Novel attemperator for HRSG reheater circuits eliminates legacy issues – Combined Cycle Journal

Novel attemperator for HRSG reheater circuits eliminates legacy issues

Since virtually everyone at a cycling plant faces issues with their attemperators (Fig 1), you’ll probably want to know about a unique design retrofitted to several Duke Energy combined cycles, one that uses the existing spray ring.

Key to the design is use of HP steam to provide the energy to atomize the spray water (Fig 2). This creates a much finer distribution of droplets, regardless of water flow, pressure drop, or steam velocity in the steam pipe, noted Justin Goodwin, director, Steam Conditioning Group, Emerson Automation Solutions.

Steam-atomized nozzles are not new, but are considered unsuitable for high temperature applications like HRSG attemperators. Emerson reached out to corporate colleagues at Fisher™ to design new steam-atomized nozzles that fit into the existing radial-spray, spring-loaded nozzle ring. 3-D printing the nozzles (patented method) of a hardened cobalt chrome alloy (similar to Alloy 6) eliminated the many weld joints, and failure points inside the nozzles of a conventional steam-atomized unit.

“There are no droplets [of water] falling because they are so fine, which avoids the common attemperator failure mode of water impingement leading to damage on internal pipe surfaces. Plus, the design is highly resistant to plugging and corrosion,” Goodwin stressed. A tap at the h-p drum serves as the source of steam.

Note that the design is not applicable to the HP attemperator, only the reheater units. But good news for designers of new HRSGs: Smaller droplets can lead to a 30-40% reduction in piping lengths.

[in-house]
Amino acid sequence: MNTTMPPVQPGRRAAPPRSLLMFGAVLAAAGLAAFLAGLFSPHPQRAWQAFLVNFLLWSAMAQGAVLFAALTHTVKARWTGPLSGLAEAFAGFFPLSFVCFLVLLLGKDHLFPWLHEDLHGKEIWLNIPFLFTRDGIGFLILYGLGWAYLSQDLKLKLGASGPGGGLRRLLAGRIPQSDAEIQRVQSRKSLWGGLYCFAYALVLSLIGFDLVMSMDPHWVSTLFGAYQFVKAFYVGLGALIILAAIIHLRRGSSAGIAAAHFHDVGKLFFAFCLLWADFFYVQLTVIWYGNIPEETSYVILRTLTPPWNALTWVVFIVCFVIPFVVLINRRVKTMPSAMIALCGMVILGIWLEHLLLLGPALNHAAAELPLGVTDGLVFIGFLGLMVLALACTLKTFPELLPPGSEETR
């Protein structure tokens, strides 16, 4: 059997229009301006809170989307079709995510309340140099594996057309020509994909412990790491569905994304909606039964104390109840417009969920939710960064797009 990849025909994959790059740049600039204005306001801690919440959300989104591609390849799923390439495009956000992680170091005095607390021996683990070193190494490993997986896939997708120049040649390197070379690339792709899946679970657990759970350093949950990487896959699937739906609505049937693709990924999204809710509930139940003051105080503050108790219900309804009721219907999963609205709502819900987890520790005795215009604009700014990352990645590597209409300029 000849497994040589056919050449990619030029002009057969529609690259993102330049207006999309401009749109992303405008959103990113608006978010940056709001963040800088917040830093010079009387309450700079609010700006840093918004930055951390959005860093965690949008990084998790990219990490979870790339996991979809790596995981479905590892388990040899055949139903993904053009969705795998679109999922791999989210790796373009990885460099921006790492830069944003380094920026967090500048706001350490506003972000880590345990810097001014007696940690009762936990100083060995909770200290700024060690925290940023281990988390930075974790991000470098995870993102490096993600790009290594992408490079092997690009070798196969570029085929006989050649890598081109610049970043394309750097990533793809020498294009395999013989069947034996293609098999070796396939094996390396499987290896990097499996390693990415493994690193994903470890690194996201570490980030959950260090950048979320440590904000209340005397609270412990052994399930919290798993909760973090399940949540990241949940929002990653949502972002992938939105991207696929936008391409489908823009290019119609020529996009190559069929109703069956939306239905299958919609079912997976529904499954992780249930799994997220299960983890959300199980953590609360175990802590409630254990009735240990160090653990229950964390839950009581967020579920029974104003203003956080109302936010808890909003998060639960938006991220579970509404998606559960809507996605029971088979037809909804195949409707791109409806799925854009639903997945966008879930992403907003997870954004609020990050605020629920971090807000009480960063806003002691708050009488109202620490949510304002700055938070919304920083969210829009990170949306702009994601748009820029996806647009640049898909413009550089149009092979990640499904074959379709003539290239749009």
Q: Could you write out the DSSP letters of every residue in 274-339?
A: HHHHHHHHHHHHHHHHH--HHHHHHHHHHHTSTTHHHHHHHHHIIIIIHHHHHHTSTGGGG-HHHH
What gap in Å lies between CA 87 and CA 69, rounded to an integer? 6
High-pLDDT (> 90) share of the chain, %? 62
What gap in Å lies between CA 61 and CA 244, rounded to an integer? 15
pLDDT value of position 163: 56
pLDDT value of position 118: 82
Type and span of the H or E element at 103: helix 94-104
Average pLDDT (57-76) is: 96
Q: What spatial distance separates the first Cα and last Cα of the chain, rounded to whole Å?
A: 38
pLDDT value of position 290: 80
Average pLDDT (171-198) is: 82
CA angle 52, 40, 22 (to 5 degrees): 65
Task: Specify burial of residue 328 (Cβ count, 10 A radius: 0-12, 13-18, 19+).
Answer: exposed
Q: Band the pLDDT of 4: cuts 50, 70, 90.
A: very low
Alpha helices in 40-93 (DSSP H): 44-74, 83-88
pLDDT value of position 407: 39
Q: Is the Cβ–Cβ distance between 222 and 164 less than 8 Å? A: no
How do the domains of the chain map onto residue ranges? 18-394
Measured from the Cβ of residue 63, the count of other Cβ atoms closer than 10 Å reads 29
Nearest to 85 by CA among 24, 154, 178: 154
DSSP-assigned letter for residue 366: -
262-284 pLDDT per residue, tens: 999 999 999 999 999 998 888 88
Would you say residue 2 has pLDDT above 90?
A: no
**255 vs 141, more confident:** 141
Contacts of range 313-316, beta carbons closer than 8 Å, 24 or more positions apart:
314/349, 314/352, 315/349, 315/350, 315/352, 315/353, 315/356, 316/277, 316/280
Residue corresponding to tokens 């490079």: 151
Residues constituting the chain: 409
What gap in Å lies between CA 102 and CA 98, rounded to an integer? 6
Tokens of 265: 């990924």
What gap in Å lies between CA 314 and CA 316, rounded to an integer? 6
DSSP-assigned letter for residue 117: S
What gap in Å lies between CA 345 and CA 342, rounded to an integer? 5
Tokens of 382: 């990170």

Lessons learned during the field trial are that a 1 in. to 2 in. connection in the atomizing steam supply piping was a choke point, as was use of a Y-pattern valve instead of a full-bore ball valve (a pressure transmitter was added to troubleshoot these issues). Modified control logic design is critical to a successful retrofit. In response to a question, the presenters noted that they replaced the water temperature control valve, but not the block valve.

Eugene Eagle, HRSG engineer, Duke Energy, and Goodwin’s co-author, said that Duke was pleased enough with the initial field trial on one unit at the utility’s Buck Combined Cycle Plant that they installed the new design at Dan River Generating Station on four additional units. The attemperator with the longest service life had 18 months of operating experience at around 85-90% capacity factor at the time of the presentation.

Duke has eliminated several failure modes, as well as the two-year inspection and test schedule for the previous spring-loaded nozzles, and is in the process of determining the cycle life for the new design. Current thinking is that the nozzles could warrant replacement every three years and that the internal piping liner should be borescope-inspected every two years. Thermal fatigue is the expected nozzle failure mode.

Many of the other questions addressed aspects of the control system (such as the operation of the block valve with the control valve), leakage at the block valve (you need a good block valve and trust it to be tight), the potential need for a second block valve, and possible issues with wet steam in the atomizing steam piping.

Scroll to Top